The efforts by the Debt Management Office (DMO) to reform the Nigerian bonds mark has led to effective diversification of the investor base, reducing the dominance of the Central Bank of Nigeria (CBN) as the major investor.
Prior to the 2002, the CBN was the lead investor in the Federal Government of Nigeria (FGN) bonds, accounting for 45.6 per cent, banks and discount houses accounted for 39.4, while non-bank public investors held 14.8 per cent.
By 2006, the holding of CBN dropped to 19 per cent, banks and discount houses increased to 50 per cent and non-bank public investors stood at 30 per cent. In 2009, the CBN’s holding further dropped to 10 per cent, just as banks and discount houses stood at 39.5 per cent and non-bank public investor accounted for 42 per cent.
By the end of 2012, CBN’s holding declined further to 6.1 per cent, while banks and discount houses rose to 54.7 per cent just as non-bank public investors held 36.7 per cent.
Speaking on the investor base, the Director General of DMO, Dr. Abraham Nwankwo, said CBN’s holding since 2006 arose not from any direct participation in the auctions but from secondary market transactions through the provision of discount windows for the FGN securities to the primary dealer market makers (PDMMs).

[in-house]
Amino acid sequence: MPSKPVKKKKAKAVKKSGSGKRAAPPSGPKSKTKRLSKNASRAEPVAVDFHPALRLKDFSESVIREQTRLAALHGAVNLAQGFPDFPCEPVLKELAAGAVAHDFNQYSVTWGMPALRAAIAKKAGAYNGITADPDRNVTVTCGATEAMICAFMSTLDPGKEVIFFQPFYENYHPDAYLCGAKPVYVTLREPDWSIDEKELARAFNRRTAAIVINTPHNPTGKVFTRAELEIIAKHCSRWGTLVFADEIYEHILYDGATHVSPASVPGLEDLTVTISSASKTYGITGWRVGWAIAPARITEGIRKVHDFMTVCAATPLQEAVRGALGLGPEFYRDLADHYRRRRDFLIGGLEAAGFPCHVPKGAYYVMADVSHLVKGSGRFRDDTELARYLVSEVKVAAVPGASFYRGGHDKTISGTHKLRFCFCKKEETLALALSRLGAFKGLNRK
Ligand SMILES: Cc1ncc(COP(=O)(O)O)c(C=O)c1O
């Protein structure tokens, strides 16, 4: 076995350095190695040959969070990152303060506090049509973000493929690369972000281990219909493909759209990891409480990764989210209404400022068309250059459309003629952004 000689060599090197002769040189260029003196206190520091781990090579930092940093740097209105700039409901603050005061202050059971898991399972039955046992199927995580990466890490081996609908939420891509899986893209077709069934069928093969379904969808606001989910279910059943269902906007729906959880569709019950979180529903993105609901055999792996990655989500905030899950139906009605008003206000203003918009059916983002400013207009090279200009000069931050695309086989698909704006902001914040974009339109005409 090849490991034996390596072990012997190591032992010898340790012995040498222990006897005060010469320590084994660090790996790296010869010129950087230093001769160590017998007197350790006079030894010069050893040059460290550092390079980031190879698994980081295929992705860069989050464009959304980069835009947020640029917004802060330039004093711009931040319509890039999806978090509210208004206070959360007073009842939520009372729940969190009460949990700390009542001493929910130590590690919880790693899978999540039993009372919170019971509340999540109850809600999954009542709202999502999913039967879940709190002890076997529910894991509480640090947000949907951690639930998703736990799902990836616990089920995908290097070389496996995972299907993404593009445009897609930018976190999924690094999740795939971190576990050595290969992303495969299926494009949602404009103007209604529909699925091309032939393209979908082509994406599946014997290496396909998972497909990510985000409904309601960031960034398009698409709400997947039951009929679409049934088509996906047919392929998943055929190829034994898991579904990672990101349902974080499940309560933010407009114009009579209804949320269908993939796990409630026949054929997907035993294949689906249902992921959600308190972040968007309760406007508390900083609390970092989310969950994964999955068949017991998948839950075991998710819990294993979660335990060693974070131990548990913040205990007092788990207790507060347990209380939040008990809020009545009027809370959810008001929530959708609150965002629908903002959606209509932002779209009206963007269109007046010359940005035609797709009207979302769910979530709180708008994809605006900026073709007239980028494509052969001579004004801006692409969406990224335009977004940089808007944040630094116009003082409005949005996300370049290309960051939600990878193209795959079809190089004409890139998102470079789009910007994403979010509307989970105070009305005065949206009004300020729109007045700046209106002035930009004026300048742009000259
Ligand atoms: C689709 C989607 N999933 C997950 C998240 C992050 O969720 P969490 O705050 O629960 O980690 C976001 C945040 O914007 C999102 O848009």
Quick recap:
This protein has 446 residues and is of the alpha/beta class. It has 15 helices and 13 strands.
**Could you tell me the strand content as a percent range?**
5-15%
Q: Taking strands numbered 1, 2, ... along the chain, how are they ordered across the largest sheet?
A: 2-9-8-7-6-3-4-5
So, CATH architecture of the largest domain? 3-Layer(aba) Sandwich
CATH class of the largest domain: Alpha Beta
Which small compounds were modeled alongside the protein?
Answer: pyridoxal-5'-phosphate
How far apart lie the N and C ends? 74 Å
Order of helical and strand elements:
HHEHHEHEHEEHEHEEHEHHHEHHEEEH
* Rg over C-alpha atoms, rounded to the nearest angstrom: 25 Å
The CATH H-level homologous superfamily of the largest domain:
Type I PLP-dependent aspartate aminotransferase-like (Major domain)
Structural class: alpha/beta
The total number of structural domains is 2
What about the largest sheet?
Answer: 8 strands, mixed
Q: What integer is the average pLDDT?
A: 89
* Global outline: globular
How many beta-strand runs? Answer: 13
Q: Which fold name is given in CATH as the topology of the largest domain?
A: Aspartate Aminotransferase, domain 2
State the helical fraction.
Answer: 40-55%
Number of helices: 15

According to him, in order to encourage the participation of other investors in the government securities, the DMO in 2006 licensed 21 (now 17) PDMMs to buy and sell FGN bonds using the two-way quote system, thereby providing liquidity for FGN Bonds.
Apart from the investor base that have been in favour of the other investors compared with CBN prior to transformation efforts of the DMO, more foreign investors have equally shown interest in government’s securities.
Foreign investors’ holding in the government securities hit $5.112billion as at the end of 2012.
A further analysis of the share of foreign investors’ holding showed that it had been rising consistently moving from 1.66 per cent as at the end of 2011 to 10.26 per cent as at the end of 2012. It equally improved to an average of 16.1 per cent between January and June 2013.
Nwankwo noted that the transformation of the bond market had facilitated market-based funding of appropriated budget deficits and bail-out/special borrowings.
“The current practice of financing part of the country’s fiscal deficits by borrowing from the bond market has not only led to the development of the domestic debt market, it has brought other salutary benefits for monetary policy operations and the economy,” he said.